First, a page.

geoff199 OP t1_jbblgr0 wrote

From the Journal of Marketing:


An increasingly common strategy when naming new brands is to use an unconventional spelling of an otherwise familiar word (e.g., “Lyft” rather than “Lift”). However, little is known about how this brand naming strategy impacts consumers’ beliefs about the brand and, ultimately, their willingness to support it. Across eight experimental studies, we demonstrate that in general, consumers are less likely to support unfamiliar brands whose names are spelled unconventionally compared to brands that use the conventional spelling of the same word. This occurs because consumers perceive the choice of an unconventionally spelled name as an overt persuasion attempt by the marketer, and thus view the brand as less sincere. We demonstrate these effects are driven by persuasion knowledge using both mediation and moderation and show robustness by employing different types of unconventional spellings. Our studies suggest that, while marketers may choose unconventional spellings for new-to-the-world brands with the goal of positively influencing consumers’ perceptions, doing so may backfire. However, we also find that unconventionally spelled names do not produce a backfire effect when the motive for selecting the name is seen as sincere. Further, unconventionally spelled brand names may even be desirable when consumers are seeking a memorable experience.


geoff199 OP t1_jb5kfsd wrote

That's a good question. It is of course very natural to be sad about a diagnosis of lung cancer. That's not the same as depression. Severe depression is not normal, even if it is somewhat common -- about one-third of patients do have that. The important thing is that the depression can be treated and patients can be helped.


geoff199 OP t1_j8d5h2c wrote

From the Journal of Neuroscience:



Executive function (EF) is essential for humans to effectively engage in cognitively demanding tasks. In adults, EF is subserved by frontoparietal regions in the multiple demand (MD) network, which respond to various cognitively demanding tasks. However, children initially show poor EF and prolonged development. Do children recruit the same network as adults? Is it functionally and connectionally distinct from adjacent language cortex, as in adults? And is this activation or connectivity dependent on age or ability? We examine task-dependent (spatial working memory and passive language tasks) and resting state functional data in 44 adults (18-38 years, 68% female) and 37 children (4-12 years, 35% female). Subject-specific functional regions of interest (ss-fROIs) show bilateral MD network activation in children. In both children and adults, these MD ss-fROIs are not recruited for linguistic processing and are connectionally distinct from language ss-fROIs. While MD activation was lower in children than in adults (even in motion- and performance-matched groups), both showed increasing MD activation with better performance, especially in right hemisphere ss-fROIs. We observe this relationship even when controlling for age, cross-sectionally and in a small longitudinal sample of children. These data suggest that the MD network is selective to cognitive demand in children, is distinct from adjacent language cortex, and increases in selectivity as performance improves. These findings show that neural structures subserving domain-general EF emerge early and are sensitive to ability even in children. This research advances understanding of how high-level human cognition emerges and could inform interventions targeting cognitive control.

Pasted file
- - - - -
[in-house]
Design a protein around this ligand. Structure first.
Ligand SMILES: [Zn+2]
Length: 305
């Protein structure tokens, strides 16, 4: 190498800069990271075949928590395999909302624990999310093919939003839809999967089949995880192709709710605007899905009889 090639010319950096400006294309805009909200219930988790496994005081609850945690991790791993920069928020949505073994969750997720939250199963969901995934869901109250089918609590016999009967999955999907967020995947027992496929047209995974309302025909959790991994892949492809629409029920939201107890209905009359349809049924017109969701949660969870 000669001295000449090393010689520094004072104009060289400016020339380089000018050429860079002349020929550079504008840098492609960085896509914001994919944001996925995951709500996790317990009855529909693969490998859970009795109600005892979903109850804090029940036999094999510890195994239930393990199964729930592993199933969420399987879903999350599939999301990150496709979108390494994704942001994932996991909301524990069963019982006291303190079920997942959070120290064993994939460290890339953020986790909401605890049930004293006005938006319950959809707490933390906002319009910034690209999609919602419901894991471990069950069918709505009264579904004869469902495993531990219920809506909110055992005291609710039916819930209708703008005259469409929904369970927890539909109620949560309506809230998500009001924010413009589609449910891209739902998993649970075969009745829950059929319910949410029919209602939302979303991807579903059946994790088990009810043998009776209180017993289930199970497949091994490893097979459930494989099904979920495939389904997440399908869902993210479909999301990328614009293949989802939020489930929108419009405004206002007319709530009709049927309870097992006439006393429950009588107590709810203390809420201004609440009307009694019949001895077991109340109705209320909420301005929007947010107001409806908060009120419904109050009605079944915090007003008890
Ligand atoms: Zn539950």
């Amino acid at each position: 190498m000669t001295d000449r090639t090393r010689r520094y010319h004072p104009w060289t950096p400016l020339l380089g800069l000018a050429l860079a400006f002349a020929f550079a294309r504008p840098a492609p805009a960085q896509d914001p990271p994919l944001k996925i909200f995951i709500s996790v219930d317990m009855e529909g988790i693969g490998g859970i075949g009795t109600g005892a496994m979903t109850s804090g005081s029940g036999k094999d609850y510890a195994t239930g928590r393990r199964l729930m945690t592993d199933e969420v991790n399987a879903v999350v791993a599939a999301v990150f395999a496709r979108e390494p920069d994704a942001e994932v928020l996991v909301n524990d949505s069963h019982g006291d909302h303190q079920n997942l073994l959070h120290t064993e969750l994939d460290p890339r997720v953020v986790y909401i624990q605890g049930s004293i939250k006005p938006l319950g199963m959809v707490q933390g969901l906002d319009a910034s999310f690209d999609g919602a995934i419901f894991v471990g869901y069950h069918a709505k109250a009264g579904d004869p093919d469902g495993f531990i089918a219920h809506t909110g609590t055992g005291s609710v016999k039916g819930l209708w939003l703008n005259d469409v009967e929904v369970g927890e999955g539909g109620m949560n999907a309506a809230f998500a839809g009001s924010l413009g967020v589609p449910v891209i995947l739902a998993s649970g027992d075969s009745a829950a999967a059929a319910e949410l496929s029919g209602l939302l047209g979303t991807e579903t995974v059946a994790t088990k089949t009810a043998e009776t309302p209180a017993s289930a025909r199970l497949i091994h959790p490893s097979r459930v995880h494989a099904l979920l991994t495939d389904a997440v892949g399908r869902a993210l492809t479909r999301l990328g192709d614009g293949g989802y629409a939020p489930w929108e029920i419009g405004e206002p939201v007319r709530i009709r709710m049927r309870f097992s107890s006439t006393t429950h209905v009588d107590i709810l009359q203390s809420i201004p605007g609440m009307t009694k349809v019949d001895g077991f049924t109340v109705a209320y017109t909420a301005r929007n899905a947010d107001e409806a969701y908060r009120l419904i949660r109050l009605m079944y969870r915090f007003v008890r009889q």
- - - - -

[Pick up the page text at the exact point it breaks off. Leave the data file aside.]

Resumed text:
geoff199 OP t1_ixmf6ja wrote

From the Proceedings of the Royal Society B:


How do Great Gray Owls (Strix nebulosa) capture voles (Cricetidae) through a layer of snow? As snow is a visual barrier, the owls locate voles by ear alone. To test how snow absorbs and refracts vole sound, we inserted a loudspeaker under the snowpack and analysed sound from the loudspeaker, first buried, then unburied. Snow attenuation coefficients rose with frequency (0.3 dB cm−1 at 500 Hz, 0.6 dB cm−1 at 3 kHz) such that low-frequency sound transmitted best. The Great Gray Owl has the largest facial disc of any owl, suggesting they are adapted to use this low-frequency sound. We used an acoustic camera to spatially localize sound source location, and show that snow also refracts prey sounds (refractive index: 1.16). To an owl not directly above the prey, this refraction creates an ‘acoustic mirage’: prey acoustic position is offset from its actual location. Their hunting strategy defeats this mirage because they hover directly over prey, which is the listening position with least refraction and least attenuation. Among all birds, the Great Gray Owl has the most extreme wing morphologies associated with quiet flight. These extreme wing traits may function to reduce the sounds of hovering, with implications for bioinspiration.